How would you like to be able to lose weight and body fat – especially around your belly, heal your gut, build muscle, balance your hormones and enjoy many other health benefits?
This can be achieved by changing the time window within which you eat your meals, and by restricting the number of times you eat in a day – without really changing the calories you would typically ingest.
Intermittent fasting has become quite mainstream over the last few years as a means to lose fat, especially around the midsection – and is a particularly good way to achieve it. It also improves body and brain health, while promoting longevity.
But before getting into why and how it helps in reducing it, it’s important to understand the CAUSE of belly fat. This way we also know how to prevent it from happening in the first place. Then it makes sense to talk about the EFFECT that fasting has on reducing it. This way we can truly manipulate our progress for maximal benefit.
Most people struggle to lose and keep off belly fat, especially for long periods of time. When someone has a big gut and excess fat around the midsection, it’s not just aesthetically displeasing but it’s also dangerous to one’s overall health and wellbeing. Belly fat – which is a concern for millions of people, is also known as visceral or intra-abdominal fat. This type of fat affects normal functioning of most organs and is linked to heart disease, t2 diabetes, high cholesterol, and certain cancers. And the organ that’s affected the first, and MOST – is the liver.
Visceral organ fat is different from subcutaneous fat – like the love handles that sit on the outside and simply underneath our skin surface. We’re talking about the INSIDE fat. The main thing to know about visceral fat is that – it’s NOT about calories.
Fat deposits start to accumulate in the liver first, and then it starts to spill out all around it – between other organs, filling the abdominal cavity, and belly. And it’s not that the fat itself is dangerous, but the way it comes about – IN, and around the liver is what makes it dangerous.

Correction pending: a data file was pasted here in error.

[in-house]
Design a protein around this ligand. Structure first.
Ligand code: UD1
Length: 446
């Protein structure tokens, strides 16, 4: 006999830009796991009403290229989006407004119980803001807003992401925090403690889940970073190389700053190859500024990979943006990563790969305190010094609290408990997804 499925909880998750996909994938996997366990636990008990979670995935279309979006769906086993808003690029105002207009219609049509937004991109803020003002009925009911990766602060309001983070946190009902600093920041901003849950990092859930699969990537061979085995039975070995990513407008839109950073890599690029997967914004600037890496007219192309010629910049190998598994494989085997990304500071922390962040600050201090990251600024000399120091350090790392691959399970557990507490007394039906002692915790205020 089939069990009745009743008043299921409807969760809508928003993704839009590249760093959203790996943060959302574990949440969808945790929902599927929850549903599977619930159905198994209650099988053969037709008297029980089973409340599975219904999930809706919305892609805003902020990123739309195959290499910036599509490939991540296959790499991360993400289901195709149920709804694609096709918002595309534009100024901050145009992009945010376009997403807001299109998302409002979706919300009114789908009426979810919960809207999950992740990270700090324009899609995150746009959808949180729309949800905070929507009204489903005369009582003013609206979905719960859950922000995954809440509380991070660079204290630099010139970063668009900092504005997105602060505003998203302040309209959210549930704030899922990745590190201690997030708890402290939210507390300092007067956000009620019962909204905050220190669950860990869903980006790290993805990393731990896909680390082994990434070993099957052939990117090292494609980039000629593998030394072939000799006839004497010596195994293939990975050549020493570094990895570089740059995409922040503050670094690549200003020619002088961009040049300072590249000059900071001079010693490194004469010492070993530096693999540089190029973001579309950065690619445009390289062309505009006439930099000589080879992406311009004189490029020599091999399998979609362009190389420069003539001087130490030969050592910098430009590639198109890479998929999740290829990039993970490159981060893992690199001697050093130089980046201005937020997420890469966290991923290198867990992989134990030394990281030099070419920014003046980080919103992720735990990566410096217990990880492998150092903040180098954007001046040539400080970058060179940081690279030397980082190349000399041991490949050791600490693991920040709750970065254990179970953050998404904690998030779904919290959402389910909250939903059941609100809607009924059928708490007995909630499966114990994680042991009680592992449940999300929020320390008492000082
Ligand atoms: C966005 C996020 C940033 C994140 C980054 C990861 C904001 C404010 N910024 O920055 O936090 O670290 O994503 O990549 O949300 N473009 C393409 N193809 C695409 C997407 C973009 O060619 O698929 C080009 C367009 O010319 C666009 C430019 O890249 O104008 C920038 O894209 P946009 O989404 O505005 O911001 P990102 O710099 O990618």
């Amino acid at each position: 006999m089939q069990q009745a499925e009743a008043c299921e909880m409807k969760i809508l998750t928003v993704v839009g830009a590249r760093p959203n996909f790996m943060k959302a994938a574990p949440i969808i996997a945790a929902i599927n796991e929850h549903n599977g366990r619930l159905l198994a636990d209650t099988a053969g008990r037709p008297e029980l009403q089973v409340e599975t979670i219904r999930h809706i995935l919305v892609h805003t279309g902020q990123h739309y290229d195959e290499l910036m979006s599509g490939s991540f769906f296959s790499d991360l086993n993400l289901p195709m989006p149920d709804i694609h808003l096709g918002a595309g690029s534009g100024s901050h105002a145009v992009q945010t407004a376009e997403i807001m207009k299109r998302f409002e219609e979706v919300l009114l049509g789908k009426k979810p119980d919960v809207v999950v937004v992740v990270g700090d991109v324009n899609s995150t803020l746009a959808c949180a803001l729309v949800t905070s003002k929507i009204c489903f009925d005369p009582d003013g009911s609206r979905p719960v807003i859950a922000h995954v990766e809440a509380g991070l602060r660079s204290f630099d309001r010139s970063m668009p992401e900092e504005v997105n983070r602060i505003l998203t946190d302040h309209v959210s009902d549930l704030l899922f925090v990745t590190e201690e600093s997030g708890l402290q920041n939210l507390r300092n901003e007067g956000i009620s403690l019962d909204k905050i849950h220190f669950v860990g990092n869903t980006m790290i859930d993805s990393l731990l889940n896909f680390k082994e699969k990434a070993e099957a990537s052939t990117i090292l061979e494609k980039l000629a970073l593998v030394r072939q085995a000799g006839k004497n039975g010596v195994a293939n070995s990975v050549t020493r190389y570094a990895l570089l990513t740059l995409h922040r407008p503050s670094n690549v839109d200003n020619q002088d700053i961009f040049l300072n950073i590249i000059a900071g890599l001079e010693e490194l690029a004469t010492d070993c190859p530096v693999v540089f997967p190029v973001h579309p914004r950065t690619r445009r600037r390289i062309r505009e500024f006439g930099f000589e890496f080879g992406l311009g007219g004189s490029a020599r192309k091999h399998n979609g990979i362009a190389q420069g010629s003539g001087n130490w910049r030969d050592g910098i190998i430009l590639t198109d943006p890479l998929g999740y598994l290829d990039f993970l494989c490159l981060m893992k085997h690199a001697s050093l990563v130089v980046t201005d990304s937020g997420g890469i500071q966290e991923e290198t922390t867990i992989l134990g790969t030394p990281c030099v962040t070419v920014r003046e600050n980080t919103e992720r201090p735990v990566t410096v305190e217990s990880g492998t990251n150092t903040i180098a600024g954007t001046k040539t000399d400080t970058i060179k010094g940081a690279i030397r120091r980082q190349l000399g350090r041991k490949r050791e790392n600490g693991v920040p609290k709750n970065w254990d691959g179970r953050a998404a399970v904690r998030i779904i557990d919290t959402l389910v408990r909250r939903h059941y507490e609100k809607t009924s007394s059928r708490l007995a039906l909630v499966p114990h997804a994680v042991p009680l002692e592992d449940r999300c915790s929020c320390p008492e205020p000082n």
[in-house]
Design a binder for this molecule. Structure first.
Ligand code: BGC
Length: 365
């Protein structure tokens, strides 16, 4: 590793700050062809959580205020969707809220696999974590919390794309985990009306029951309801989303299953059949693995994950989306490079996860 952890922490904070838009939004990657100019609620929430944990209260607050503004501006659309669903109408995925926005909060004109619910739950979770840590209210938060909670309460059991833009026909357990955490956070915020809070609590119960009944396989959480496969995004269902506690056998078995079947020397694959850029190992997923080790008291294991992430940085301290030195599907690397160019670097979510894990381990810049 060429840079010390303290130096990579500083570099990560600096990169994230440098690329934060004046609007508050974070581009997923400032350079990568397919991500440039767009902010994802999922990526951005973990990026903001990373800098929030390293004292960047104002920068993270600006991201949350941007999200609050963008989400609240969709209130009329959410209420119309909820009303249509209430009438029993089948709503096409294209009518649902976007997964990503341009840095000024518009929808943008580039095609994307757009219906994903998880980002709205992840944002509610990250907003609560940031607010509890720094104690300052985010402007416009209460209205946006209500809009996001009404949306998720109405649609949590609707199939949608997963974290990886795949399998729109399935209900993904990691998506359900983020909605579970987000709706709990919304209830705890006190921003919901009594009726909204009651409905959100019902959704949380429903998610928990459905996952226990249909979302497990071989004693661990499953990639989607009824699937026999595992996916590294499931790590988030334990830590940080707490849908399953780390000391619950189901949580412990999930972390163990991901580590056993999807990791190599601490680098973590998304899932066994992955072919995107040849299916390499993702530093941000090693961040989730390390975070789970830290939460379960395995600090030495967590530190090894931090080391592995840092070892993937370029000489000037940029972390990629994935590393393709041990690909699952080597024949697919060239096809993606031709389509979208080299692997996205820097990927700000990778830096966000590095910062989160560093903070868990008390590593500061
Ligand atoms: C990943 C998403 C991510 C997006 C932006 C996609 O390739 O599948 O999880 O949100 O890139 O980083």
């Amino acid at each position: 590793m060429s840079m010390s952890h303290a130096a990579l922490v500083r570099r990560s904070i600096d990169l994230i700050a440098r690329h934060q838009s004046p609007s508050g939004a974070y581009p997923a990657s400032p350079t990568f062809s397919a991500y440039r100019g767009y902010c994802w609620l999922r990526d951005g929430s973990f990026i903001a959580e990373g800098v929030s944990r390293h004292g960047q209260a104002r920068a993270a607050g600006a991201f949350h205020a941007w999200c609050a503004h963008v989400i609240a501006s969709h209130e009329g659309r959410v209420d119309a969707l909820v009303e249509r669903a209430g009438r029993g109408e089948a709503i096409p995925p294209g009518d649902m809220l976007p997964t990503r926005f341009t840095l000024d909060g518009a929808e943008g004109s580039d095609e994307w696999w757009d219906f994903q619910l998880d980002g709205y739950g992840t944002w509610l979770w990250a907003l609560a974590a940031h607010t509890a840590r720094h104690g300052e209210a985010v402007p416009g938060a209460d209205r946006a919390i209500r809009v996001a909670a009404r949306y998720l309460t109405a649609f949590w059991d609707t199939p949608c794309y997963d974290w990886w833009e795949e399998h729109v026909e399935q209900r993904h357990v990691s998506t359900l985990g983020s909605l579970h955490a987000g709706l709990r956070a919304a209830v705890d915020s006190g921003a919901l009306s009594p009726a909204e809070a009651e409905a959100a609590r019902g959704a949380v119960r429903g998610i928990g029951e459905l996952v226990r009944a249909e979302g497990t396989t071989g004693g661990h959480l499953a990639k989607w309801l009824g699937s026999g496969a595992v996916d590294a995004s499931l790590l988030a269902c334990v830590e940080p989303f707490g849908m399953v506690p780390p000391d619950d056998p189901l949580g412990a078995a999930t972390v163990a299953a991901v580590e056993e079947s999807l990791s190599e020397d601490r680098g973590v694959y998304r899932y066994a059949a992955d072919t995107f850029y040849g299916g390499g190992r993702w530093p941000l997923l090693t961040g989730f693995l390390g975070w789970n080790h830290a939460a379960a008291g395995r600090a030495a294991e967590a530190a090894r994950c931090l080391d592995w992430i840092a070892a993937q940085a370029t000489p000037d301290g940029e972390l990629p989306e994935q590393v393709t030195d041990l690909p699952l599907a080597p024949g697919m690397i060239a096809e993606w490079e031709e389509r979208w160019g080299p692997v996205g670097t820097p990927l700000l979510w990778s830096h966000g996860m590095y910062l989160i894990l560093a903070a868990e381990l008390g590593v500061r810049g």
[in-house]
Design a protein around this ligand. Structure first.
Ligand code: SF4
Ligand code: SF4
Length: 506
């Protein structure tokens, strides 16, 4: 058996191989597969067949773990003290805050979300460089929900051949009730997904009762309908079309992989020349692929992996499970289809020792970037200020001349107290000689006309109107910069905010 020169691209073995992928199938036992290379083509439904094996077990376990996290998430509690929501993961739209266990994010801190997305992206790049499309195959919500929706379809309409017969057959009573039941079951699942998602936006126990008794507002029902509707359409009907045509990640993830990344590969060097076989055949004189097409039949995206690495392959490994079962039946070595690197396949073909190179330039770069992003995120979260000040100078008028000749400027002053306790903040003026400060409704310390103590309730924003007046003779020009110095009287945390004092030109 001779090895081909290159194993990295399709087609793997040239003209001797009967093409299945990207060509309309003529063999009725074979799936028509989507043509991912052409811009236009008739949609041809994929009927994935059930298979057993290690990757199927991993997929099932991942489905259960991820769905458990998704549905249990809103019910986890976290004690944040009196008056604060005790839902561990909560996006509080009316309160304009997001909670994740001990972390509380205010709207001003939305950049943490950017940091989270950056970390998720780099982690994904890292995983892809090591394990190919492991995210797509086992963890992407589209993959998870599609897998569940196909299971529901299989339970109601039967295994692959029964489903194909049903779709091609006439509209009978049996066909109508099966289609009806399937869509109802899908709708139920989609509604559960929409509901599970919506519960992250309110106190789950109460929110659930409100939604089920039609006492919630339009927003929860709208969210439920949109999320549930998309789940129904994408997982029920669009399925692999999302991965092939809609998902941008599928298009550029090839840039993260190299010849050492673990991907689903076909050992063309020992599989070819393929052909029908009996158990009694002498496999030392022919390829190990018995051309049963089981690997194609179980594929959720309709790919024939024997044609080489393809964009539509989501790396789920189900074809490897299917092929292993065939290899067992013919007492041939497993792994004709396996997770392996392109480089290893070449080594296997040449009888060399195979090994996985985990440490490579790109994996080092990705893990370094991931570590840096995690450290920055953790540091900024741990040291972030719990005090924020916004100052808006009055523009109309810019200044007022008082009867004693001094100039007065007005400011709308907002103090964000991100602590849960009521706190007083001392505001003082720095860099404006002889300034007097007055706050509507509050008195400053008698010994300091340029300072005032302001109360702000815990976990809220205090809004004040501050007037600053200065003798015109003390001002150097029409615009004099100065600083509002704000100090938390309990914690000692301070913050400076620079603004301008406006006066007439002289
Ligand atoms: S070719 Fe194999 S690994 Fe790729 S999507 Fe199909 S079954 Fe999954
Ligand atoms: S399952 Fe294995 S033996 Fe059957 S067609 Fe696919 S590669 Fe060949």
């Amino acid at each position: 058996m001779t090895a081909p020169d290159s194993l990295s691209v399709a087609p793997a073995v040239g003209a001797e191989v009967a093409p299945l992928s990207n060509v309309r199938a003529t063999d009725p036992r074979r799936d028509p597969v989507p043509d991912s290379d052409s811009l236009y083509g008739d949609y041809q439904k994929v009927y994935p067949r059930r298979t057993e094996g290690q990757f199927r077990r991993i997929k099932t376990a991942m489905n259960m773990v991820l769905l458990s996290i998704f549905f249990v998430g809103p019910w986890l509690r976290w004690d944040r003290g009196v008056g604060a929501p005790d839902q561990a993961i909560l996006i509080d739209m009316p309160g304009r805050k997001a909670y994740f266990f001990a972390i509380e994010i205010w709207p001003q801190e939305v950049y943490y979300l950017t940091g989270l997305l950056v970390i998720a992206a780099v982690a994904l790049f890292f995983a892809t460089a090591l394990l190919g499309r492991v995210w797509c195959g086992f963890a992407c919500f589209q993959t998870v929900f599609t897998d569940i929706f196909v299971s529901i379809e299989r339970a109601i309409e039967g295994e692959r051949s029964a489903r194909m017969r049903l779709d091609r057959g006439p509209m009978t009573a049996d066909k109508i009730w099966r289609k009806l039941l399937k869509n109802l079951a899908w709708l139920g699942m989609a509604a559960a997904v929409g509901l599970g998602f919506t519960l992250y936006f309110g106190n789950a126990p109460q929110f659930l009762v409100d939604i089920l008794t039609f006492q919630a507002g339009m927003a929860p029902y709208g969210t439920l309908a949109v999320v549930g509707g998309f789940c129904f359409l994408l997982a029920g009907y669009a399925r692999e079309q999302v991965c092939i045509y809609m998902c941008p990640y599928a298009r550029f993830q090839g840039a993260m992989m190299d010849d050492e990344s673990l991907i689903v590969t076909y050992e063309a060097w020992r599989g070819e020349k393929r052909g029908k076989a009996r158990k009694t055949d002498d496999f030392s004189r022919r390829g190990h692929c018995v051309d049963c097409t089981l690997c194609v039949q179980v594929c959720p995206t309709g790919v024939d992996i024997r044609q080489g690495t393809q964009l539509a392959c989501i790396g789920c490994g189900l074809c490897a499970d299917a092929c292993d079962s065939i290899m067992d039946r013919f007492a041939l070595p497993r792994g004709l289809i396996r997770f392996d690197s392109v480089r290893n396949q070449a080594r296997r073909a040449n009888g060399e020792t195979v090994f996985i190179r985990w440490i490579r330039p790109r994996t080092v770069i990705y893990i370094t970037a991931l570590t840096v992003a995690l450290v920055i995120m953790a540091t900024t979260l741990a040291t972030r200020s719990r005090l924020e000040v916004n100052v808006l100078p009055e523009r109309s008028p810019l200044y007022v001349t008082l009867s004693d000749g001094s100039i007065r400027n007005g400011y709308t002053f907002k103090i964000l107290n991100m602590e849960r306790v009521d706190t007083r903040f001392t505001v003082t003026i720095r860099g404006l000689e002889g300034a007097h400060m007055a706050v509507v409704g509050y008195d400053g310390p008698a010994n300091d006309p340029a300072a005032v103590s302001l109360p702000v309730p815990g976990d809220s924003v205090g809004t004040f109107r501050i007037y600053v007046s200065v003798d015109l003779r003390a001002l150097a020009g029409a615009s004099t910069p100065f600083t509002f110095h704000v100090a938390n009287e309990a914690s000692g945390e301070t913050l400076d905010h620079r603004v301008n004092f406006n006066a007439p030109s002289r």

I know you’ve heard that eating less and exercising more is the solution to everything fat related, but it just doesn’t work like that. People are perhaps vaguely familiar with NON-ALCOHOLIC FATTY LIVER DISEASE. But most are unaware as to what causes a NON-ALCOHOLIC FATTY LIVER. The short answer is that it’s because of FRUCTOSE, or fruit sugar. But what is exactly SO bad about fructose? Well, it’s because it can only be metabolised and broken down by the liver.
Meanwhile, the workload and effort of metabolising and breaking down all the OTHER fuel sources from fats, protein, and carbs like glucose, can be evenly spread out amongst all the other tissues and muscles in your body for the most part, but the job of breaking down fructose can ONLY be handled by going through the liver. So, you’re that much more likely to overwhelm, congest and overwork the liver than the rest of the body – especially when over-consuming fructose.
Whatever extra energy the liver can’t use in that moment, gets converted into fat, which quickly starts clogging up the liver and spreading to the other abdominal areas around other organs. So, fructose is the main culprit, BUT there’s a couple of other things that make it really hard for the liver too – the hormones of INSULIN and CORTISOL.
Insulin is secreted as it responds to BLOOD GLUCOSE levels and cortisol is the hormone produced in response to STRESS. In a state of stress, the body demands immediate glucose, and cortisol provides this glucose by breaking down protein stores to raise blood sugar. This in turn produces more insulin – creating a vicious cycle of elevating BOTH insulin and cortisol.